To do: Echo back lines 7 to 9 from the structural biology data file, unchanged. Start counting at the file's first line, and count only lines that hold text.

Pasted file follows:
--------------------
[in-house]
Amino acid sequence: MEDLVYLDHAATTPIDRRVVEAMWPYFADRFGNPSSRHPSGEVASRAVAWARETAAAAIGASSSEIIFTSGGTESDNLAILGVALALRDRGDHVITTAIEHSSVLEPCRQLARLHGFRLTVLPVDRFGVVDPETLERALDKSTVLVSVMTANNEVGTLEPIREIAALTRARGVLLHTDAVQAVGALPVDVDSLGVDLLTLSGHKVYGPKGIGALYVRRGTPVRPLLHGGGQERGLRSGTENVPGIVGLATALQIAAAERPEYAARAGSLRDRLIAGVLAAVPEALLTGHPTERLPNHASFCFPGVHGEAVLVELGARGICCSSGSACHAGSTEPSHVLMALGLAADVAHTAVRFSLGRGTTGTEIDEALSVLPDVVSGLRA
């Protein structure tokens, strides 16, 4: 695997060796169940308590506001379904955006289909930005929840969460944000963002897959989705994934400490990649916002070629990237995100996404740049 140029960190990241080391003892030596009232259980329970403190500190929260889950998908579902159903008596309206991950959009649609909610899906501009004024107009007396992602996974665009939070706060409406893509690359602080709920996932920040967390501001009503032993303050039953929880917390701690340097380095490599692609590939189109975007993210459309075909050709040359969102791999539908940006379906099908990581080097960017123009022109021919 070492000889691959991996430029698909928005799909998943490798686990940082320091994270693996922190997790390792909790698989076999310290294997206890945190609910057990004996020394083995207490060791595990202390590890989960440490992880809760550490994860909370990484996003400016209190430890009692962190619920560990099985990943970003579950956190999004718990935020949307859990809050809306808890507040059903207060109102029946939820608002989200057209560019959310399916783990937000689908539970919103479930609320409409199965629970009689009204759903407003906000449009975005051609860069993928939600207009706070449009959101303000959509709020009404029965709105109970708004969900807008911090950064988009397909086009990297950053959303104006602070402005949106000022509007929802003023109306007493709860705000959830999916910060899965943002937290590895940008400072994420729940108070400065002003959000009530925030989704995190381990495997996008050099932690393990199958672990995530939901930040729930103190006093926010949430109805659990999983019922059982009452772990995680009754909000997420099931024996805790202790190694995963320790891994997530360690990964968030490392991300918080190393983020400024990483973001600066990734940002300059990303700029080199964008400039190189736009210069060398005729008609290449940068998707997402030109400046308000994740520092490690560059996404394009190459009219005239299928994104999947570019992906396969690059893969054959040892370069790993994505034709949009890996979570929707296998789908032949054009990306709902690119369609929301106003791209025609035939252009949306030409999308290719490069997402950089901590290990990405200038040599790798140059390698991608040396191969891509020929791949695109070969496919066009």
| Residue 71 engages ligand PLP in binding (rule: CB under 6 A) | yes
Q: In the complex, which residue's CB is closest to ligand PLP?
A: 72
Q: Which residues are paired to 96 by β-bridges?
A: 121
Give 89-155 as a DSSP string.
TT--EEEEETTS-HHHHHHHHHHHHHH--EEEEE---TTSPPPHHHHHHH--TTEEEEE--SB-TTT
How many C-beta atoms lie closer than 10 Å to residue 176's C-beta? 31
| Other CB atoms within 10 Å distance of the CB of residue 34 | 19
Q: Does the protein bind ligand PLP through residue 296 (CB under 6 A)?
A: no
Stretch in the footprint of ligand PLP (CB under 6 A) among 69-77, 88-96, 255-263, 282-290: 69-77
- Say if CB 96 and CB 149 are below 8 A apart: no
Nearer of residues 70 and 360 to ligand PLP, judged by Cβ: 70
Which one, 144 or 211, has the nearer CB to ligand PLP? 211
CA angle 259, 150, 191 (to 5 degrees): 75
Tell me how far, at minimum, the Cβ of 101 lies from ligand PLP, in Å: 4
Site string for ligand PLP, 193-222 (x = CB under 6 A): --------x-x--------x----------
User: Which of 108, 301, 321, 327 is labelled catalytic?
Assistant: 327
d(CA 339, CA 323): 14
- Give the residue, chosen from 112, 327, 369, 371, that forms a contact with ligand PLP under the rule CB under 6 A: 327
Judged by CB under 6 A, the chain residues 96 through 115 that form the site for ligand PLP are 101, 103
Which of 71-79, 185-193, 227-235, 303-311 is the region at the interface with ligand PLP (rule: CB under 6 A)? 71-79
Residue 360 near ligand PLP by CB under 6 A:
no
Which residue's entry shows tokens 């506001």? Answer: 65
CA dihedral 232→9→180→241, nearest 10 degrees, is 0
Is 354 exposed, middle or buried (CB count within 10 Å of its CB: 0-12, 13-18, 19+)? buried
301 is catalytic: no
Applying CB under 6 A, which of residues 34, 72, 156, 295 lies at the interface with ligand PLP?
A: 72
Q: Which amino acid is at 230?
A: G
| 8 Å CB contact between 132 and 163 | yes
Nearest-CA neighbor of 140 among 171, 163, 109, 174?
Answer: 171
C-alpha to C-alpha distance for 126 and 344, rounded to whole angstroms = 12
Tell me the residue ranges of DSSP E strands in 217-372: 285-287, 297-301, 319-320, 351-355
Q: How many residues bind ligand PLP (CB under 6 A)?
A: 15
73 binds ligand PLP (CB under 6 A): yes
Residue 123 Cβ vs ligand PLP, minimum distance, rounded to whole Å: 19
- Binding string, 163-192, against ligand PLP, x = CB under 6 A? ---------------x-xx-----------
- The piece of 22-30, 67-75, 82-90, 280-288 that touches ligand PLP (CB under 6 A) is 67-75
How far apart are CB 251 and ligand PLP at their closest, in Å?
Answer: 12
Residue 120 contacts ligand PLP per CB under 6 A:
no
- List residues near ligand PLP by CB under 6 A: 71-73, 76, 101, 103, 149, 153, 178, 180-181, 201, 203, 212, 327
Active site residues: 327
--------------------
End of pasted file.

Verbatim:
Q: Which residues are paired to 96 by β-bridges?
A: 121
Give 89-155 as a DSSP string.